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You can see the Nabatean town of Mamshit (memphis) from 1st century AD. Best reconstruction in the Negev in my eyes. The place has also an organized camp ground. If it is not too hot, you can go down from the old town to the Mamshit Wadi (Canyon) it is about 1hour walk with nice view on old and new dams.
Written Dec 6, 2008
Address: 5 minutes east of Dimona
For two weeks a year the ancient city of Mamshit, a UNESCO World Heritage site, hosts a Nabbatean Fair. All the ancient shops, which archaeologists uncovered recently, are reopened, and host vendors marketing olive oil, Beduin crafts, olives, copperware, purses, hats, dggers, old coins, spices, etc. There are also fortune tellers, palm readers, and a glass blower. There are all sorts of activities specially for children, such as decorating their faces, performances by clowns, story-telling.
The fair takes place on two separate occasions, one week each time. These are the weeks following the first day of Passover and the first day of Rosh Hashana, the Jewish New Year. These holidays change their date from year to year, according to the Jewish lunar calendar, but they are always in the early spring and early fall.
The fair attracts thousands of people, which is not surprising given how interesting it is, coupled with free parking and cheap admission. The price of admission also includes the right to wander around the ancient Nabbatean city for the whole day, admiring the ancient churches with their mosaic floors, the ancient dam, and the old Briitish police station.
Written May 23, 2007
Address: Five kilometers south of Dimona.
Phone: 08 6556478
Just east of the city of Dimona (at junction of highways 25/204) you will find Nahal Dimona. Here at the right time of year you will find in the dry riverbed clumps and bunches of beautiful blooming Narcissis...and the right time of year is also dependent on the amount of rainfall. So if we have several rainfalls in the early winter, late November and December, then in January you will find it worth your while to visit here.
Updated Dec 26, 2006
To order food, just walk up to the counter, point to a picture of what you want, and give the waiter or waitress your name. They do incredible breakfasts, sandwiches, hot and cold chocolate, many different kinds of coffee, huge salads, and various cakes, mostly cheese and strudel. You can sit outside, inside next to a large video screen, or inside in a special quiet area away from everything else. The cafe has a free water cooler with plastic cups, free newspapers to read while you're waiting/eating, a bookstore next door where you can buy a paper if you don't like the ones they offer (i.e. if you can't read Hebrew), and an SMS jukebox. You pick the song you like from a menu, send an SMS, an a minute later your song of choice appears on the big screen. Welcome to the 21st Century.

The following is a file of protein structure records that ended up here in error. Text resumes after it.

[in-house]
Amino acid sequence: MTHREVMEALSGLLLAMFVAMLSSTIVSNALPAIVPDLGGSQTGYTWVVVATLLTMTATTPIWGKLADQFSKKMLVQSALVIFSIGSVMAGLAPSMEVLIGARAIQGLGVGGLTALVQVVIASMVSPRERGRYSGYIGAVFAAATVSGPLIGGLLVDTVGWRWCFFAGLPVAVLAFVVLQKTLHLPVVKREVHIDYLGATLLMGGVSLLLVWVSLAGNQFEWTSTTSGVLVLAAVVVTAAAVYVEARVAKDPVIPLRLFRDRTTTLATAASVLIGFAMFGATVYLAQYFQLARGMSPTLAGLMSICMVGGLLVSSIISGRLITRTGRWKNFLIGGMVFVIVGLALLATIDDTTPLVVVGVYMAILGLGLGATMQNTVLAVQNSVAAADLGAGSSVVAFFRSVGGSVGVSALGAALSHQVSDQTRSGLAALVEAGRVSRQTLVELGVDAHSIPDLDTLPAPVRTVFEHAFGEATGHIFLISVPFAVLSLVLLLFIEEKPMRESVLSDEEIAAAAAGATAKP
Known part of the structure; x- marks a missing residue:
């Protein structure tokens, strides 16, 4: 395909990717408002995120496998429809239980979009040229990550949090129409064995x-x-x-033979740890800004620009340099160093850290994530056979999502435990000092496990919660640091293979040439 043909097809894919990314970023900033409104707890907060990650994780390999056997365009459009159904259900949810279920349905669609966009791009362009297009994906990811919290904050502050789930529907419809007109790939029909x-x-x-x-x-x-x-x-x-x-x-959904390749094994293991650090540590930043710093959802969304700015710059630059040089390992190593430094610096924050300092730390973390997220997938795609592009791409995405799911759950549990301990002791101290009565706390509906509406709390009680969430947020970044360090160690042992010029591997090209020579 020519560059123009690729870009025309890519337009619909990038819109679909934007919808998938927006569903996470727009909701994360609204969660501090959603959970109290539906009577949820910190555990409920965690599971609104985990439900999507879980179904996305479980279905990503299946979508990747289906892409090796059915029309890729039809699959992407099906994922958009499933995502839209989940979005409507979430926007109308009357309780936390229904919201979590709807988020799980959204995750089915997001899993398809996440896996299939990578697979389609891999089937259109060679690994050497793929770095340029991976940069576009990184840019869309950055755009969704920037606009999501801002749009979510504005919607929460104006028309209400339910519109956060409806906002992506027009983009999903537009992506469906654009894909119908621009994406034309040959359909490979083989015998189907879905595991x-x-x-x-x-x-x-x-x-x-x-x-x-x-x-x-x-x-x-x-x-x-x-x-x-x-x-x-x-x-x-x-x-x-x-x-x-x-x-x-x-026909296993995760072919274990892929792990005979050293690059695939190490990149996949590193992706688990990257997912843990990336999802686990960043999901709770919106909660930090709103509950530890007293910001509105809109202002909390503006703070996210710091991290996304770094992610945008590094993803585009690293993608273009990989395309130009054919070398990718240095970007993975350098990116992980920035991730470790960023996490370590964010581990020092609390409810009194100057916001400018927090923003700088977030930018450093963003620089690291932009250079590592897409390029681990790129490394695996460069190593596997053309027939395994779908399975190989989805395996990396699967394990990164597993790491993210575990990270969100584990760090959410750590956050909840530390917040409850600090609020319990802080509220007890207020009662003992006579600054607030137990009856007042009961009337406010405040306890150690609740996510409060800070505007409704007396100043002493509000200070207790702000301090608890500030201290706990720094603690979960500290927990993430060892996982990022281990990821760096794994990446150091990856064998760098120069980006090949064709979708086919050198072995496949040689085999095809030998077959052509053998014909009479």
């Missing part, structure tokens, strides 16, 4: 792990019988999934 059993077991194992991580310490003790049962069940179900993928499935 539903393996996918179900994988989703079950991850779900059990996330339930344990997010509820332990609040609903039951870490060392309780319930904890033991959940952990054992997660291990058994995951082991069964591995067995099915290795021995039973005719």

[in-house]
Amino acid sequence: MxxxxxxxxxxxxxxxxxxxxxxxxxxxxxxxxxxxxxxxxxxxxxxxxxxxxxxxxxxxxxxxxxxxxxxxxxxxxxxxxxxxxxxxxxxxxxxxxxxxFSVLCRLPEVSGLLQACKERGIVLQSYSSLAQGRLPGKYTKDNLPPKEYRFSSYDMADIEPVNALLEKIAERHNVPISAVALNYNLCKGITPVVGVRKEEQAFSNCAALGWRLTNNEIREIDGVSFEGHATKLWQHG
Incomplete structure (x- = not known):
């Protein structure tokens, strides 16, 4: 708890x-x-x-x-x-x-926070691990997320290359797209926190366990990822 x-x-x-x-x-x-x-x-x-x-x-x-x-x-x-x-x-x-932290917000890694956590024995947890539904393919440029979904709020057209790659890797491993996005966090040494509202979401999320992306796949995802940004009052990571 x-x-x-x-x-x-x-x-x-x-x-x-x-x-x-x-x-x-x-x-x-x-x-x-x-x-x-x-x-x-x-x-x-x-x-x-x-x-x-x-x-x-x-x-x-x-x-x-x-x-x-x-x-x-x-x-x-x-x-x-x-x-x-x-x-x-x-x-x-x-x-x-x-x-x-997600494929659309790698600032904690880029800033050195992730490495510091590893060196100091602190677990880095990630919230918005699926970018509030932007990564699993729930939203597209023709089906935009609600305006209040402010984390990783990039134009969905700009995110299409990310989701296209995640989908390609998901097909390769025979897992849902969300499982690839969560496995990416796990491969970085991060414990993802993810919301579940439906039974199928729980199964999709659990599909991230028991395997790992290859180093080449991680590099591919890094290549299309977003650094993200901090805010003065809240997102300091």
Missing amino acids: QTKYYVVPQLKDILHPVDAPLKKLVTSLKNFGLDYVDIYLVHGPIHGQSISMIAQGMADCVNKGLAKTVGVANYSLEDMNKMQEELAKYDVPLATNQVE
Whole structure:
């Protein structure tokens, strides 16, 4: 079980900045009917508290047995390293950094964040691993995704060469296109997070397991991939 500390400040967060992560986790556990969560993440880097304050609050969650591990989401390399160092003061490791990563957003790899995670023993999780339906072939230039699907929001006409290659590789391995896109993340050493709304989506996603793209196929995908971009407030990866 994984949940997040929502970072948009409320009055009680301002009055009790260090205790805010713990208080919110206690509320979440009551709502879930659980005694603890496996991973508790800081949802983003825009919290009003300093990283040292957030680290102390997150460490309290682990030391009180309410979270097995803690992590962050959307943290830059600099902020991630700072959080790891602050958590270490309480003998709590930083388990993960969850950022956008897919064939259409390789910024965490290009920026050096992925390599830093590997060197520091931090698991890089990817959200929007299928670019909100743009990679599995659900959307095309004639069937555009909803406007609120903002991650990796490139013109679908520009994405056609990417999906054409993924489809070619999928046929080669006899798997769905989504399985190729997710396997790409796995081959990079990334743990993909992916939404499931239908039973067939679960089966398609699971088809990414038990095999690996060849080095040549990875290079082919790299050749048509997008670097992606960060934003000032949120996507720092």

Favorite Dish: The huge breakfast consists of two eggs done any way you like. One interesting option is with spices and herbs mixed in a huge omelet. This comes with a large mixed salad with two kinds of white cheese, a plain white cheese and a salty Bulgarian cheese. The salad also comes with two salad dressings in separate containers which you can add if you want. Next to the salad come two thick slices of bread. You choose what kind of bread you want - country, light, or white. Butter and hot coffee or cocoa round out the meal, which is served anytime during the day.
Written May 22, 2007
Address: The Peretz Mall
Ron HaGadol between the post office and the downtown plaza. The ambience is a delight - a dark contrast to the glaring sun outside. It is possible to ask for a window seat, and look out over the large central park where children play, couples stroll, and old Russian men play chess. The waiters will serve you a large selection of Middle Eastern salads, in unlimited quantities, and then ask what you'd like grilled for your main course, the choices being various shishliks, kebabs, and internal parts, as well as aged steak or fish.
Favorite Dish: I like the aged steak, which the chef will happily cook up to any degree of wellness you prefer. However, the fish is excellent, and the truth is, I've never eaten anything there that wasn't very good.
Written May 22, 2007
Address: HaMaapilim St.